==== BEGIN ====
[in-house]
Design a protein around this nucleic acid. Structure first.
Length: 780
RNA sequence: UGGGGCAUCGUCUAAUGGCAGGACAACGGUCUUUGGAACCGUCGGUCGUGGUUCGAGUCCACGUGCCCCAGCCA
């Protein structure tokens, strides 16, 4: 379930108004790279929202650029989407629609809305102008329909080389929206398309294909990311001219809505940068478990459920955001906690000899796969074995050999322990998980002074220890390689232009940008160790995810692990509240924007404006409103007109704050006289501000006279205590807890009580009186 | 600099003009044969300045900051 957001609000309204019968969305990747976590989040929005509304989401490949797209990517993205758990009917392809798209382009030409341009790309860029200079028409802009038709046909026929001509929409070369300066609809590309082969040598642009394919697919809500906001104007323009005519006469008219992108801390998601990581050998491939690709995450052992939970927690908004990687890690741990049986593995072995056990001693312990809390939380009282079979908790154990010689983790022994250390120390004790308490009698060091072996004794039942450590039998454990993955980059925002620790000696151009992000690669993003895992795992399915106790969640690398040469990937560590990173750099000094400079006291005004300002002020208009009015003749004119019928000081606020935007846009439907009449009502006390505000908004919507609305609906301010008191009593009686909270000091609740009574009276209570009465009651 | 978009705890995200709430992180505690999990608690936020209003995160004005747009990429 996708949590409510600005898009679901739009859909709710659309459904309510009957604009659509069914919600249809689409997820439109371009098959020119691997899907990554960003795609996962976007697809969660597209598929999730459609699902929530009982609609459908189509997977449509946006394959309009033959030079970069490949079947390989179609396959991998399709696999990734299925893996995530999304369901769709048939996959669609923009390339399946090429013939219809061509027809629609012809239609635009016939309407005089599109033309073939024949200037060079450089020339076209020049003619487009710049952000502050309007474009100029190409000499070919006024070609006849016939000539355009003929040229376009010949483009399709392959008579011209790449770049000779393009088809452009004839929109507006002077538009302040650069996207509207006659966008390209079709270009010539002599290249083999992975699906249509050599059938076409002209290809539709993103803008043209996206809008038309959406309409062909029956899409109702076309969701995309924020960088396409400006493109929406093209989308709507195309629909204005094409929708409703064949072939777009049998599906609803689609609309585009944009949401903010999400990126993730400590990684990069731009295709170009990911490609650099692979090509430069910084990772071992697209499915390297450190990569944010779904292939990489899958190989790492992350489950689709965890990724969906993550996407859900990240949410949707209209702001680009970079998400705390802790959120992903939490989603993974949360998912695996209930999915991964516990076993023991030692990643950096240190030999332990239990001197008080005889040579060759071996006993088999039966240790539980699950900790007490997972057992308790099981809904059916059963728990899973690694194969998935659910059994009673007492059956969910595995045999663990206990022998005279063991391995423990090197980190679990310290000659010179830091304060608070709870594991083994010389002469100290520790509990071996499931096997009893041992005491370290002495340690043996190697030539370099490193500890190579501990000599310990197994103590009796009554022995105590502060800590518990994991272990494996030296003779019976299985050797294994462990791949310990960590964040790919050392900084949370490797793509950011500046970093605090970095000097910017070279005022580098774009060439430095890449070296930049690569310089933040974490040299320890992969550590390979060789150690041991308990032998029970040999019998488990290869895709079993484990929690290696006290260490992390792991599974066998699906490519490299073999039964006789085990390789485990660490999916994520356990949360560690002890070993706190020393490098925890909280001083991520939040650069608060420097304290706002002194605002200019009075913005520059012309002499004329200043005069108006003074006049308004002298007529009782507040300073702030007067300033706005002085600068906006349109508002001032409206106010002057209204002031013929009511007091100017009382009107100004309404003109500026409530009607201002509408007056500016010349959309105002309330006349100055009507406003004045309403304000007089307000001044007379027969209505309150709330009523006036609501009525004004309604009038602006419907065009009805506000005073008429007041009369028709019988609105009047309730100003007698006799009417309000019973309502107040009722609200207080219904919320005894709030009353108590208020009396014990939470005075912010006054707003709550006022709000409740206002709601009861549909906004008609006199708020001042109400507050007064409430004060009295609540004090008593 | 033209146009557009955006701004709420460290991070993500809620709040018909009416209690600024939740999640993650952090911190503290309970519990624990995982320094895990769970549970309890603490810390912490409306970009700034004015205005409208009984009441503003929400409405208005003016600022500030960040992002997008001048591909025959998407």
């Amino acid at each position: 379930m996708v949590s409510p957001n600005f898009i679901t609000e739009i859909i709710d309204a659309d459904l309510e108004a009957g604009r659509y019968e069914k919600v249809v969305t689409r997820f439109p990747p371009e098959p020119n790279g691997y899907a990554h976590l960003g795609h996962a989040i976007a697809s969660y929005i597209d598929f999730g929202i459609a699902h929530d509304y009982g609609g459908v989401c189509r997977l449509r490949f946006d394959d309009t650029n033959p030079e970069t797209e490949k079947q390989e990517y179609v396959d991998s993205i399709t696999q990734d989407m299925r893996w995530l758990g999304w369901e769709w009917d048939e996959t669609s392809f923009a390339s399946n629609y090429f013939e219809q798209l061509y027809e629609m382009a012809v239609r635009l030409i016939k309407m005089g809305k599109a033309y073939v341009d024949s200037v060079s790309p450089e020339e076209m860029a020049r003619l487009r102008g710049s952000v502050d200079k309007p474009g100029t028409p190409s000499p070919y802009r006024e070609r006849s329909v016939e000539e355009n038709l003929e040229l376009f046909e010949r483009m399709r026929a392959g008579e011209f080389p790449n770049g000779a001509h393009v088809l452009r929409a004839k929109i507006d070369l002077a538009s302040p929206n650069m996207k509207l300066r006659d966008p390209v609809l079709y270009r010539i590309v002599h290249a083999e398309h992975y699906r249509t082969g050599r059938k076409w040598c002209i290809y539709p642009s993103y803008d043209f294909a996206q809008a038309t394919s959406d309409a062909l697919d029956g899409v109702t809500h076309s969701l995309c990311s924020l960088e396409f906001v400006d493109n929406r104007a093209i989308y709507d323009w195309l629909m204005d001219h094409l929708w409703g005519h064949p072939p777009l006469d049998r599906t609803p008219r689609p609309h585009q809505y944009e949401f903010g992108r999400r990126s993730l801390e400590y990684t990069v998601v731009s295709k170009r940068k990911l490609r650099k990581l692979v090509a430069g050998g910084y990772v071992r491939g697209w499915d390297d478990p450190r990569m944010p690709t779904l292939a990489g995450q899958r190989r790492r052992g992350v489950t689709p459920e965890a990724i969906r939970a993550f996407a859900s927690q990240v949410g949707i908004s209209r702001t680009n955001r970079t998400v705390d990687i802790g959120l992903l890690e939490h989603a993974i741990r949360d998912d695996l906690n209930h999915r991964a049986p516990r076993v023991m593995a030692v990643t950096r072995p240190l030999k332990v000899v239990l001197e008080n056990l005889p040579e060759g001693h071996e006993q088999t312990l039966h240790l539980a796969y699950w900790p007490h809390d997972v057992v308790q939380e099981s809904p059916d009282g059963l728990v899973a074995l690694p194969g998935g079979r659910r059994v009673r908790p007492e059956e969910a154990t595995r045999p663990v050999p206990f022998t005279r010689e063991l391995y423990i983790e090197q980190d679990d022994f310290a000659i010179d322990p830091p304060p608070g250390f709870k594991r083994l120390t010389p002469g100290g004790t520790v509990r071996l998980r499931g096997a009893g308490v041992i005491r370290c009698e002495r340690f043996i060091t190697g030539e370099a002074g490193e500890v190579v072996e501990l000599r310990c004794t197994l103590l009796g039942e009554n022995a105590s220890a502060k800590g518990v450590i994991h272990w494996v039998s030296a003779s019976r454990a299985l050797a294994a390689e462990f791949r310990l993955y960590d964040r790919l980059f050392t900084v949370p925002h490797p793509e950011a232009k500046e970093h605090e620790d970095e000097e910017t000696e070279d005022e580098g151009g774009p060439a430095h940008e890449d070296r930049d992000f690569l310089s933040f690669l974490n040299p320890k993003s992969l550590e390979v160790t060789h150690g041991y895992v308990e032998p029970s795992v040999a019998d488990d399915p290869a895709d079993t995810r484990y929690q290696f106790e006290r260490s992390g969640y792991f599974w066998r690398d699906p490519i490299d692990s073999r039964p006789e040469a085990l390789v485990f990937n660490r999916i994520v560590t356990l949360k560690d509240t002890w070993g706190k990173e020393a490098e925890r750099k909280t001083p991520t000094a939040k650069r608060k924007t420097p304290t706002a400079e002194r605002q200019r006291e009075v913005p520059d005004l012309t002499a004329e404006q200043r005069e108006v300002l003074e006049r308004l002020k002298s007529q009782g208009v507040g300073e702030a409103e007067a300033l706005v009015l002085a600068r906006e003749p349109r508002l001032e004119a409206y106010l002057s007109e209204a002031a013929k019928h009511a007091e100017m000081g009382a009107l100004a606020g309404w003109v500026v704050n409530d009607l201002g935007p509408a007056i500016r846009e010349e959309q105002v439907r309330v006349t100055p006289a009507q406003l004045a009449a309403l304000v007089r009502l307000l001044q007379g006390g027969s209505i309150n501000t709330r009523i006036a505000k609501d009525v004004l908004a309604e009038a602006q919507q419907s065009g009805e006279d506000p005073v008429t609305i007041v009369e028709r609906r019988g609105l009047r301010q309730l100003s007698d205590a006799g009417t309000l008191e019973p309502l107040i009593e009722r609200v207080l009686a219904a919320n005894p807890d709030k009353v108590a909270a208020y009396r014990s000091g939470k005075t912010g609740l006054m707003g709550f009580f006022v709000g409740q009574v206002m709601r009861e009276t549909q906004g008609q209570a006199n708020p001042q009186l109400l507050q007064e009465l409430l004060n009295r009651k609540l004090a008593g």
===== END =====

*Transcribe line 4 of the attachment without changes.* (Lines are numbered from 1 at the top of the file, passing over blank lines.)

RNA sequence: UGGGGCAUCGUCUAAUGGCAGGACAACGGUCUUUGGAACCGUCGGUCGUGGUUCGAGUCCACGUGCCCCAGCCA